Johannes Bauer / Peter Brötzmann

May 8, 2017

Blue City

Trost TR 155

By Ken Waxman

Of all post-war European trombonists, Johannes Bauer, who died a year ago this month at 62, was the first actually born into free jazz. Growing up in East Germany (GDR) where free music was tolerated more than elsewhere in the Soviet Bloc, except for military and dance gigs, his apprenticeship was in improvised music and continued when he became a Berlin-based professional at 25. Like a paralympian who develops techniques to convert a so-called handicap into championship strategies, Bauer’s non-traditional background and eastern upbringing didn’t stop him from forging links with free jazzers such as Peter Brötzmann, Fred Van Hove, his older (by 11 years) brother Konrad (initially a GDR pop singer) as well as younger experimenters.

Bauer first worked with saxophone avatar Brötzmann in 1981, and continued the partnership on-and-off for the rest of his life. Recorded at a duo gig in Osaka in 1997, Blue City, “found in one of my chaos-boxes by chance” notes the saxophonist, aptly confirms why the affiliation worked. Throughout the six selections Bauer and Brötzmann are like yin and yang, combining disparate reed and brass output into a humanistic whole. Although the reedist’s reputation as a disrupter is confirmed as early as “Name that Thing”, the nearly-29 minute blow out that begins Blue City, neither holds back. Like differing travel guides, the contrast between the two is while Brötzmann uses a combination of glossolalia and snarling explosions to garnish every texture, despite Bauer’s nascent commitment to multiphonics, the trombonist’s playing is chromatic, resolutely pushing each selection to a logical end with graceful puffs and melodic slurs. Like a muzzle on a canine his balanced and rubato playing doesn’t stop the saxophonist’s expression, but focus it appropriately.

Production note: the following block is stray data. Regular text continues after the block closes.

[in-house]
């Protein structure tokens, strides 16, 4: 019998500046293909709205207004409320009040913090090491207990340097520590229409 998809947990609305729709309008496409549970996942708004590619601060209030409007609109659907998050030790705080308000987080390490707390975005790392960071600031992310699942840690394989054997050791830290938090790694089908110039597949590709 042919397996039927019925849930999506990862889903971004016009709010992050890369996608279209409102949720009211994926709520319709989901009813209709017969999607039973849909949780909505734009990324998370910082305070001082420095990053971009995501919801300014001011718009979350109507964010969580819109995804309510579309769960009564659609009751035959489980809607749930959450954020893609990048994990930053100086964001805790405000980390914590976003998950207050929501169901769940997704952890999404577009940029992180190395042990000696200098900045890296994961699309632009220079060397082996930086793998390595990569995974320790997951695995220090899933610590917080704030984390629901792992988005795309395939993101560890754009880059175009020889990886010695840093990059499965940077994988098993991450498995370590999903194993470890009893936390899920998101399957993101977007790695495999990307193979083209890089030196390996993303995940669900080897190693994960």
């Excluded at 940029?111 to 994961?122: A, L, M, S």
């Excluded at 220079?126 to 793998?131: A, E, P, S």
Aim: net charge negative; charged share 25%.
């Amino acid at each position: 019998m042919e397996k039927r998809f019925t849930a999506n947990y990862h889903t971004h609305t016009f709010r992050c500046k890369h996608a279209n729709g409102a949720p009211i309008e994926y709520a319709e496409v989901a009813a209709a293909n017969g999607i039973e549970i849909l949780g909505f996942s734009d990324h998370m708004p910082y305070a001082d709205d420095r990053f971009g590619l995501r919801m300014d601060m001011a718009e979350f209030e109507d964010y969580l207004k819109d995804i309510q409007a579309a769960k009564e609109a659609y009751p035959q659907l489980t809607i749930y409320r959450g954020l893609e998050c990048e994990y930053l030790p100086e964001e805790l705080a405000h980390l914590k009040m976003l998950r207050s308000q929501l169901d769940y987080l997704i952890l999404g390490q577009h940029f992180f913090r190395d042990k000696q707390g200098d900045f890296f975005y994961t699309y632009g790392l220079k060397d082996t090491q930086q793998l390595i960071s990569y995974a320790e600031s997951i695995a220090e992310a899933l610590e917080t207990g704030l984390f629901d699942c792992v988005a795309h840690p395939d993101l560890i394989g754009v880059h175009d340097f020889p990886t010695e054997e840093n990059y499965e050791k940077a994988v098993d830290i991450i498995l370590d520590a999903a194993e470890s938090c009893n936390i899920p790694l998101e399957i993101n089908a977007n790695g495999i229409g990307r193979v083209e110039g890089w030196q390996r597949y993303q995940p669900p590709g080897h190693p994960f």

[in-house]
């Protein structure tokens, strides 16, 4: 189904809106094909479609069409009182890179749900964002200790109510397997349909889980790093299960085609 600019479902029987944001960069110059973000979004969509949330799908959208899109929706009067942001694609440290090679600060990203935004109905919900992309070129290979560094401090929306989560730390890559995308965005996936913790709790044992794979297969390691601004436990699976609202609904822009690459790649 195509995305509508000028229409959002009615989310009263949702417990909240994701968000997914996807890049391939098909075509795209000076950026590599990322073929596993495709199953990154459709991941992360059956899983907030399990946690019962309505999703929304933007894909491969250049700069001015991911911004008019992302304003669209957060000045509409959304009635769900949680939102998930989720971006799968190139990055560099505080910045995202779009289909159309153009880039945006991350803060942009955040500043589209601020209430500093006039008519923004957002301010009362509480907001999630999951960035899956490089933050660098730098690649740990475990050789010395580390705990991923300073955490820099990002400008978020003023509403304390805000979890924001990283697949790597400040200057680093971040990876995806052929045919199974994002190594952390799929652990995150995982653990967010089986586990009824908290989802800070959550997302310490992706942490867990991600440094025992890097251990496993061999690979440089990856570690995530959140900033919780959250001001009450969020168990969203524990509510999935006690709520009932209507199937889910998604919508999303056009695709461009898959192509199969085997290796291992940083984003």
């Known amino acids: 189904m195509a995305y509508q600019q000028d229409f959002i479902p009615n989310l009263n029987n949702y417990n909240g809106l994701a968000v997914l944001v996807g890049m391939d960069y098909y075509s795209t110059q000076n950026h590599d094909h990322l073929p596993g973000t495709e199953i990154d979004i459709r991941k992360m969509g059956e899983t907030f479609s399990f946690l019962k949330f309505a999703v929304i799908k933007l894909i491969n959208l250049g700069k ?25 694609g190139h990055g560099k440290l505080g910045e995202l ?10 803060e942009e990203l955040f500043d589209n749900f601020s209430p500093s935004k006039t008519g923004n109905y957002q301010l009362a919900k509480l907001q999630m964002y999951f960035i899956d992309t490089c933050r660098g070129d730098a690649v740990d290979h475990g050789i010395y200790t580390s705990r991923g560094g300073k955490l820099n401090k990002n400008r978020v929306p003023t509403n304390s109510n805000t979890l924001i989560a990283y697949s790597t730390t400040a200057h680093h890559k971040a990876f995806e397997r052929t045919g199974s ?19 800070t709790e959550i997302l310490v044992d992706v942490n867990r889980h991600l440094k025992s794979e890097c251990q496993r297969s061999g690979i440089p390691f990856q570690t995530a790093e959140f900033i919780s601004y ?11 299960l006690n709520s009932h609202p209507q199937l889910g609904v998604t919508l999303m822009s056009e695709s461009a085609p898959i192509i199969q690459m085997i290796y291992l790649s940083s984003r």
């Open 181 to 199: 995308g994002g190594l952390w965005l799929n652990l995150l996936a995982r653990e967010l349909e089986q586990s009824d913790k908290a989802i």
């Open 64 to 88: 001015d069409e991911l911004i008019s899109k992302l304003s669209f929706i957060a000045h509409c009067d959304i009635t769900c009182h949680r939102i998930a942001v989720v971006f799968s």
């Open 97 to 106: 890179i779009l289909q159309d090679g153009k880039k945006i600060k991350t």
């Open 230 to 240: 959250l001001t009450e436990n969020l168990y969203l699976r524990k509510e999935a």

With Brötzmann’s wistful clarinet playing backing him up on “Poppy Cock” and elsewhere, the trombonist shows that he’s as capable as the other in constructing a solo out of split tones, growl and irregular rasps. But his obstreperous tendencies are the equivalent to a surgeon’s scalpel compared to the reedist’s battering ram. This coloration and ability to swiftly change sonic directions, is why Bauer was such a valuable partner to Brötzmann and many other musicians. It also confirms why many 2017 free music aggregations remain with an unmendable hole in their group fabric.

Tracks: 1. Name that Thing 2. Blue City 3. Poppy Cock 4. Heard and Seen 5. Hot Mess

Personnel: Johannes Bauer (trombone); Peter Brötzmann (tenor and alto saxophones, Bb clarinet, tarogato)

–For The New York City Jazz Record May 2017